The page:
Far from going extinct, as many headlines in the past year or two have proclaimed, credit cards are at the center of the mobile payments wave currently sweeping the U.S., Consumer Reports tells us. The new technologies only provide an additional avenue for credit card use, the study is suggesting.
This is exactly the message we have been pushing through to the readers of this blog ever since we first noticed that mobile wallets and other m-payments services were being billed as the successors of bank cards. In reality, many of the new m-payments platforms will help transform bank cards from physical to virtual carriers of credit, while the underlying basics will remain unchanged.
M-Payments Tied to Bank Cards
Here is what Consumer Reports has to say on the m-payments / bank cards link:
Most of the new electronic payment options are tied to credit and debit cards, so whatever costs consumers incur in using their plastic will transfer to the new methods. Paying by mobile phone won’t save them money. Google Wallet merchant transaction fees are the same as those charged on plastic payments, and the same is expected to be true for Visa’s digital wallet.
Far from saving money, m-payments can often be more expensive to process. CU:
Square and PayPal Mobile charge merchants even more than the average big bank fee, 2.75 and 2.9 percent of the transaction amount, respectively.
M-Payments Not Tied to Bank Cards
There are, of course, m-payments platforms that have circumvented credit cards altogether and have instead enabled users to charge payments to their monthly phone bills (direct carrier billing) or have simply linked the user’s phone to their checking account.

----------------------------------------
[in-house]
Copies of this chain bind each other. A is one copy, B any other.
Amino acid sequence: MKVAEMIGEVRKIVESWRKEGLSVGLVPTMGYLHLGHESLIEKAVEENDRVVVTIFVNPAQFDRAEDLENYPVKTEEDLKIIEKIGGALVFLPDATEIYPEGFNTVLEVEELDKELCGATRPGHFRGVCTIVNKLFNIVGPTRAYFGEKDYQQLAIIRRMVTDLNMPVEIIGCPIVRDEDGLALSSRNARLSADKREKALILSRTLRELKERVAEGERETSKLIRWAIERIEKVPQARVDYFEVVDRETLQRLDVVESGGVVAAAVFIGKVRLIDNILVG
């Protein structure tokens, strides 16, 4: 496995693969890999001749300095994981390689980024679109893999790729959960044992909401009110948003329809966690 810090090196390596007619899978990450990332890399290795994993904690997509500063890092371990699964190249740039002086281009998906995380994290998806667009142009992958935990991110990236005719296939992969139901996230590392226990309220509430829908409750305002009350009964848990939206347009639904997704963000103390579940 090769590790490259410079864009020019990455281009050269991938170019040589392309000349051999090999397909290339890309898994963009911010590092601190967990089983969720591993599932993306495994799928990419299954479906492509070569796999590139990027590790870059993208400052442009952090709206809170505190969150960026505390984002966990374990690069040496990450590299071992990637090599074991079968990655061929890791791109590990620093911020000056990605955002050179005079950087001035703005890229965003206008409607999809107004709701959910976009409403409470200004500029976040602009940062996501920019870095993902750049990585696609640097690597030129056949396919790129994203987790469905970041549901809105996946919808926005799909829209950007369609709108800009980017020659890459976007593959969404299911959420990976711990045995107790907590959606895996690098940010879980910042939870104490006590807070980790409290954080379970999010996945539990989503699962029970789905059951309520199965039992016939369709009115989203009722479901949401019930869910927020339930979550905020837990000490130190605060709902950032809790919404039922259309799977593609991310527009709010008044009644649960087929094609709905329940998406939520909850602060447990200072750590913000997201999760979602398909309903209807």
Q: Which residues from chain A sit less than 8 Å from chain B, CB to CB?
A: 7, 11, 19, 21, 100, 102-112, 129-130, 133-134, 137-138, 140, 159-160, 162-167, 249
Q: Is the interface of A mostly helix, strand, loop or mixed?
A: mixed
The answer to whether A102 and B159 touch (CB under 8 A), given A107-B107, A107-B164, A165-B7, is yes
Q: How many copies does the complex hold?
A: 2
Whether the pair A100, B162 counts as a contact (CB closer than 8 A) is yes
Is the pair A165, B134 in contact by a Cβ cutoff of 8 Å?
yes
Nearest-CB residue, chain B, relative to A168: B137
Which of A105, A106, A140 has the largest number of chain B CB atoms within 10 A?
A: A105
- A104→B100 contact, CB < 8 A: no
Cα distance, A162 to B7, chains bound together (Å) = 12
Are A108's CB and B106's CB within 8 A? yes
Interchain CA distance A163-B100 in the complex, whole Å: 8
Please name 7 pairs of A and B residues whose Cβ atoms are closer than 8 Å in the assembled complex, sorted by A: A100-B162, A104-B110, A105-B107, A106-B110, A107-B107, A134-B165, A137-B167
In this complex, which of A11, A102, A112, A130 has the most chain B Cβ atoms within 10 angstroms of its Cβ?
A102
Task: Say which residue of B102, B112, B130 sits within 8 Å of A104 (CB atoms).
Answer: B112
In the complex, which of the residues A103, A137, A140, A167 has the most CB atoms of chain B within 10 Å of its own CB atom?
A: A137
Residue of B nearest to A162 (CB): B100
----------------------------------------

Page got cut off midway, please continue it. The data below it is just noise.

We have covered some of these services, Dwolla and T-Mobile Direct Carrier Billing being the latest ones, and there is no question that some credit-free m-payments platforms do have a future. But then credit-free payment options have always been available to consumers and that didn’t prevent credit cards from becoming the payment option of choice for many of us. That’s not going to change anytime soon.
Just as we can now complete an online transaction with a credit card or an ACH payment, so we will be able to make that choice when checking out of an m-commerce store. The only difference will be in the size of the device we use to shop.
The point is that in the mobile payments world credit cards will coexist with non-credit payment methods, just as they do in the e-commerce one and in old-fashioned brick-and-mortar retail.
Consumer Reports correctly identifies overpricing as a concern, however mobile payments processing cost will inevitably go down as the industry matures, just as it did with online payments. E-commerce store owners can certainly testify to how much cheaper it is to accept credit cards today than it was a decade ago. The same is true of direct carrier billing costs, while Dwolla types of services are already being offered for free.
It’s also important that the various mobile payments platforms are seen as what they are – technological innovations, not financial ones. Purchases financed with credit will keep accruing interest, whether they are made in person, through a laptop or a phone. That will still be the case even if / when we no longer have to carry rectangular pieces of plastic in leather wallets.
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